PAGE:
Garden 2022: Bringing In The Onions! – August 3, 2022

It’s onion harvesting time! 

The whole process is fairly simple, and starts when the tops of the onions fall over as in the photo below. Once half the bed falls over naturally, I manually fold over the rest  This helps keep all of the onions on the same schedule. After five or so days, it’s time to pull them up.

The actual harvesting takes very little time. Each onion is gently removed from the soil with a light tug and a twist. Then the loose soil is brushed off the bulb. As they come out I load up a couple of large buckets, and transport them to the cellar once full. This year the two beds of New York Early yellow onions filled eight buckets, which resulted in four trips. Then the onions are laid out as shown. I place a poly tarp under one made of cotton. 

Patience is the key to curing and storing these wonderful vegetables, and if done correctly in both method and quantity, the result should last for almost an entire year. A dehumidifier runs in the cellar during the humid months, keeping the relative humidity around 45%. This, plus about three weeks in time will result in well-cured onions, which will then be trimmed of their leaves and roots and stored in burlap bags hung from the floor joists above. I’ll include some of that in a future post.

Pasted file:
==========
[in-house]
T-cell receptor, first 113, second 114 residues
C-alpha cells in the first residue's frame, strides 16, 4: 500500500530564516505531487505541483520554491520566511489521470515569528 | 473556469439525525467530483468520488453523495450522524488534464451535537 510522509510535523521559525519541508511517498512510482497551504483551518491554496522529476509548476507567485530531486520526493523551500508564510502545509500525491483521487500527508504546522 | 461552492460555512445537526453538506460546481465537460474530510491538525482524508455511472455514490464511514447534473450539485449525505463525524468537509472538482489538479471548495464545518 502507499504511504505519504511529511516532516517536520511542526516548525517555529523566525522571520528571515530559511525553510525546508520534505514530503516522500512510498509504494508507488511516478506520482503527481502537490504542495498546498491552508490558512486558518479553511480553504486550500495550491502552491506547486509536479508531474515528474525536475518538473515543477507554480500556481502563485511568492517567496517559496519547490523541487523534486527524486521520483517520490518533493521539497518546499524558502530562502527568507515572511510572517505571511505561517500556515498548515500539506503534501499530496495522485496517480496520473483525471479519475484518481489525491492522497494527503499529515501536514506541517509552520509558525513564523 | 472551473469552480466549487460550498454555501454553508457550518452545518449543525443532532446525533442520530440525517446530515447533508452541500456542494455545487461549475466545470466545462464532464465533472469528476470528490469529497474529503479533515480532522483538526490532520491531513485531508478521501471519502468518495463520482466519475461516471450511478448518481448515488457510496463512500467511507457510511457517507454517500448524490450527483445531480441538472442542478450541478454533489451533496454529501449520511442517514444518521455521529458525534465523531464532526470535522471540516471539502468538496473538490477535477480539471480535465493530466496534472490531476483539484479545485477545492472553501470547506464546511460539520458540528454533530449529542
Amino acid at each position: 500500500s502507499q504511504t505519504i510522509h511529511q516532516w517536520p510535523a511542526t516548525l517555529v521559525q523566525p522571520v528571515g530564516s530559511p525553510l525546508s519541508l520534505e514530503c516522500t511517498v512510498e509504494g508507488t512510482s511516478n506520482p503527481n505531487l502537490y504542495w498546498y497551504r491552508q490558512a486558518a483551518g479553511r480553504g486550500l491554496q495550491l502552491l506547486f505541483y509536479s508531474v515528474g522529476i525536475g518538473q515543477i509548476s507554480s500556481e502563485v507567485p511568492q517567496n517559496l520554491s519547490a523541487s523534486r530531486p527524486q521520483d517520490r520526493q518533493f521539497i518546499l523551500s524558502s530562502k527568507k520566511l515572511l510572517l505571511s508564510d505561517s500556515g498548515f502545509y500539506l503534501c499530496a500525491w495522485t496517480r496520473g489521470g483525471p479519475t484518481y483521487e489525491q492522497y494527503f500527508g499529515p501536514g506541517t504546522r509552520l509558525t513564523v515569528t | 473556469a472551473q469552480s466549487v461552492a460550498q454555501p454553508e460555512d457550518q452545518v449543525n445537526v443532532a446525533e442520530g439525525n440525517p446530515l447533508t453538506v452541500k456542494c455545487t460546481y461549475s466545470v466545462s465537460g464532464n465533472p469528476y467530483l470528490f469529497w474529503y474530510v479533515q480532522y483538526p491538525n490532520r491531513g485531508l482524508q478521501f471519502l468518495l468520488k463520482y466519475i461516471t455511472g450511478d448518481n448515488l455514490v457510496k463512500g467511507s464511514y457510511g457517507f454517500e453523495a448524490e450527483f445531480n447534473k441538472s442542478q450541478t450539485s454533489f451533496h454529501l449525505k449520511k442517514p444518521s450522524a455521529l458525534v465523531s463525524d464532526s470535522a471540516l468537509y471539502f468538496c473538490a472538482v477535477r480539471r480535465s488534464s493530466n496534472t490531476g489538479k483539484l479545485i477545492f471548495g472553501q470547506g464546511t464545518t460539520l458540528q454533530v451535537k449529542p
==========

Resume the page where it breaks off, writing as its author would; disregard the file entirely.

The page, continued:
I am always amazed that these tiny seeds result in food this large. Watching the process never gets old.

These onions are early this year. If the calculations are believed, about 17 days early. But they were ready- the stalks were browning up and fell over as they should. The onions are fairly uniform, ranging in size between a tennis ball and baseball. There are several softball-sized outliers, too. My guess right now is there’s between 75 and 100lbs of onions from these two beds.

News From Other Raised Beds:

  • All four varieties of carrots are harvestable. Last weekend I pulled up a couple and they were good. So, I’ll call the tracking sheet calculation harvest dates of 7/31 -8/2 accurate although I am going to leave them in the ground for a while longer. They’ll put on some mass. And, they’re carrots and don’t care.
  • Both varieties of cucumbers and the Golden Detroit beets are late. They’re growing, and we’ll get some, but later. Same goes for the grape tomatoes. We’re going to get a considerable amount of that fruit.
  • The red onions are about a week or so away. There’s one bed of those, and I think on average they’re going to be larger than the yellow ones.

That’s it for this update. More to come in a week or so, and thanks for stopping by!

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